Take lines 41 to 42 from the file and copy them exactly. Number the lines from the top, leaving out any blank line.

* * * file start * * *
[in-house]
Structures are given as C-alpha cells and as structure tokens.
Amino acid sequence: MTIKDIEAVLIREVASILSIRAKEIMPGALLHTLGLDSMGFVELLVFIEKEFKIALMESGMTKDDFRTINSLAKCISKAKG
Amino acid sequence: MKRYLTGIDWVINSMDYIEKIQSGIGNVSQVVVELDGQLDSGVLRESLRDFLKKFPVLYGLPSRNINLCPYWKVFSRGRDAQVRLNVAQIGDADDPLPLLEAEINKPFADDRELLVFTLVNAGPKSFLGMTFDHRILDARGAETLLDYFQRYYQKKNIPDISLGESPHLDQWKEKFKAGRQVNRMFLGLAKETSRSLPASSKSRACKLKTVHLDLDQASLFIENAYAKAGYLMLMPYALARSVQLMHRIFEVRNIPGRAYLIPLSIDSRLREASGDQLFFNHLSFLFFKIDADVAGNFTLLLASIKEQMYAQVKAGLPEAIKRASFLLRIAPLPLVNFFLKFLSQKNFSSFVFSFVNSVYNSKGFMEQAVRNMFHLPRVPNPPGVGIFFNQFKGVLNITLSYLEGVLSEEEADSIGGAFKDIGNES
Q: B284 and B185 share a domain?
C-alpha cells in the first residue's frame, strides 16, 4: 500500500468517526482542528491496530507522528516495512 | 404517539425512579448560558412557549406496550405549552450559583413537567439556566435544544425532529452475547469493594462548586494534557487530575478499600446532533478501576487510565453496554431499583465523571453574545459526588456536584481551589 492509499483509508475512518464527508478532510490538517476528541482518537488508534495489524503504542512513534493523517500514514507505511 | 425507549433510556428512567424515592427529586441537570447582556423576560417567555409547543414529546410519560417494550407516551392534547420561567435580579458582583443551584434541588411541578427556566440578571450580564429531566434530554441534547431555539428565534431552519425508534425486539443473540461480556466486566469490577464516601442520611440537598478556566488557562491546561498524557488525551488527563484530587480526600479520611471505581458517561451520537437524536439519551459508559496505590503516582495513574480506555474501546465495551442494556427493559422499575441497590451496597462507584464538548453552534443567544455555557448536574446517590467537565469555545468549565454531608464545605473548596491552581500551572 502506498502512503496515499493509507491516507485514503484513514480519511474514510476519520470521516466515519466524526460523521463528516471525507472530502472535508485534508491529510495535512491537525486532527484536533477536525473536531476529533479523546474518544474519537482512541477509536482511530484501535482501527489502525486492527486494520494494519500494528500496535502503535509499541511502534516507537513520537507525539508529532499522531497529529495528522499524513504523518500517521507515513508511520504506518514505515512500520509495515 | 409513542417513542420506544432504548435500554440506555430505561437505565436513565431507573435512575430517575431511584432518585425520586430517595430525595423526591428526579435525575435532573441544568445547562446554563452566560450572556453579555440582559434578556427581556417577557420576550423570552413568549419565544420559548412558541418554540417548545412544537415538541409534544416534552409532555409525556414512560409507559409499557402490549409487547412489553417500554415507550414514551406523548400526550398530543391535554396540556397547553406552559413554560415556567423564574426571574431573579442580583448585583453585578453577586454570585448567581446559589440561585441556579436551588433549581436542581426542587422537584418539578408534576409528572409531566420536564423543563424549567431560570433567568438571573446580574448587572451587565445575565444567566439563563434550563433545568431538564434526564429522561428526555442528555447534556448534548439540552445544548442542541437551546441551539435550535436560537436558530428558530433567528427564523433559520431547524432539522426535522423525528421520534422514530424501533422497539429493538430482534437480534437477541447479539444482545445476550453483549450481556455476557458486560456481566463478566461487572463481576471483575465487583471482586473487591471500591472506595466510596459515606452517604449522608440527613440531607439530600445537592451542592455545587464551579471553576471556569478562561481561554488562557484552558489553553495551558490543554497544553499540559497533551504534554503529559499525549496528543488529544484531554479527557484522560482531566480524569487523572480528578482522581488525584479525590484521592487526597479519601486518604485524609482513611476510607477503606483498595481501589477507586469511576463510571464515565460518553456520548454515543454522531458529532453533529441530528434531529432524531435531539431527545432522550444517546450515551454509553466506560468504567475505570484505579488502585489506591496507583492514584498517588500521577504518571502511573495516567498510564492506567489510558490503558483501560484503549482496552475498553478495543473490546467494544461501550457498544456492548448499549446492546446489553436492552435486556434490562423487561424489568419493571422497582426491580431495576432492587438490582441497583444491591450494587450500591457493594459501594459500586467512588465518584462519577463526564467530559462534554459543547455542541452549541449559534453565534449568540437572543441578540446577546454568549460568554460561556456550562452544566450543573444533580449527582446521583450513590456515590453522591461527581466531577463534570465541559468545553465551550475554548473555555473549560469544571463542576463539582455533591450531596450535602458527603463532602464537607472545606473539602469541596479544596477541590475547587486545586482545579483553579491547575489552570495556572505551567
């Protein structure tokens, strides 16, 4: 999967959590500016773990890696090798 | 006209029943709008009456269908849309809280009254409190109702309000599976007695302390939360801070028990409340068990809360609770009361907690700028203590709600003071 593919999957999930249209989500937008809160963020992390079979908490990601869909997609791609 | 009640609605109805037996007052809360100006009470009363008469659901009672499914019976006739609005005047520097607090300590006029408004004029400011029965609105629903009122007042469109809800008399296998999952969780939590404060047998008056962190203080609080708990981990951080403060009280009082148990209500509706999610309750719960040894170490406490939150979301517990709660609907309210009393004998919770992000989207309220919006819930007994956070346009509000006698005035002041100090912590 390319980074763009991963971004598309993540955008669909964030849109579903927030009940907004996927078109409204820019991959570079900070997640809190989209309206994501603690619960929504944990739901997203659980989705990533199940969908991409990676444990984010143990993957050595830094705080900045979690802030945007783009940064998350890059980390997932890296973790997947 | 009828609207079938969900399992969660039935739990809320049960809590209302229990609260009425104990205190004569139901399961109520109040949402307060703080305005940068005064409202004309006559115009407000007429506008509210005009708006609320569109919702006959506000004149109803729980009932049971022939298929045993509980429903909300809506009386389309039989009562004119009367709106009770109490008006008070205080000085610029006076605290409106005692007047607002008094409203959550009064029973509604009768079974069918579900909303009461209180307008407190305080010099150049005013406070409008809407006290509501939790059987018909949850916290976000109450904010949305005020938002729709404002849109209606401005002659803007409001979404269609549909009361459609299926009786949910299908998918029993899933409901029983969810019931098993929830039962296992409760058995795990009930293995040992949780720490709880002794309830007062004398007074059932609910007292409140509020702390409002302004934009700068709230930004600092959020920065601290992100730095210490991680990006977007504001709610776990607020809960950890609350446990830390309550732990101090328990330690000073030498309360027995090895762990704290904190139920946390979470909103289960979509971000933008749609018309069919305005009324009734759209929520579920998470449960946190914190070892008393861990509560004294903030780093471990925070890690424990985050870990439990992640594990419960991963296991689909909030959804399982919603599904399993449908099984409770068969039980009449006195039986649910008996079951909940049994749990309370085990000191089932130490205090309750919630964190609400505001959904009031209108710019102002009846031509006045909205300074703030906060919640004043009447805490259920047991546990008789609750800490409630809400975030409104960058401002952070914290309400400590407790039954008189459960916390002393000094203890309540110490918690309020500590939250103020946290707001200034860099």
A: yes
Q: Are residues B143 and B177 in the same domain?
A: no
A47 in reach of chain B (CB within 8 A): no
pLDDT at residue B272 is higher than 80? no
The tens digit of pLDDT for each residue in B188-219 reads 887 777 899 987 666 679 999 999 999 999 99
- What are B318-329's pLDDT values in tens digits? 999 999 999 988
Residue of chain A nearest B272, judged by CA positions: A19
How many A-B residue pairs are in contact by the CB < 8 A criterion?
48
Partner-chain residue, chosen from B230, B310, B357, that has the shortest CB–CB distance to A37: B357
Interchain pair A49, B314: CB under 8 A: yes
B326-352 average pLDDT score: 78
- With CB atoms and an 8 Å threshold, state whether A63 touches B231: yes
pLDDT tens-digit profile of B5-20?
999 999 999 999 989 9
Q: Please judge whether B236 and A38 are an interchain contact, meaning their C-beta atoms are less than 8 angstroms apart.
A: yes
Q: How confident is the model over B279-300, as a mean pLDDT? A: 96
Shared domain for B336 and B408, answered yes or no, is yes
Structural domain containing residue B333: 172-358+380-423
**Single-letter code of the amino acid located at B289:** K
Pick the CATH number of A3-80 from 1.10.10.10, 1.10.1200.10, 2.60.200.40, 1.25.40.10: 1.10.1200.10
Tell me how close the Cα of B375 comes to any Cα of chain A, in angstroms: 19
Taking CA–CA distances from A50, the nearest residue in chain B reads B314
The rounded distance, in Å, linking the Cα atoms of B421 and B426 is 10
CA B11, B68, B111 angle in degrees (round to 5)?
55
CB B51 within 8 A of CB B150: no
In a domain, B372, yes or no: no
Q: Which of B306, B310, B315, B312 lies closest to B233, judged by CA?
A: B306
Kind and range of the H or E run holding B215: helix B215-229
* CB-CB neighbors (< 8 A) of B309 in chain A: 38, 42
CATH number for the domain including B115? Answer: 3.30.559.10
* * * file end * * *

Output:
* CB-CB neighbors (< 8 A) of B309 in chain A: 38, 42
CATH number for the domain including B115? Answer: 3.30.559.10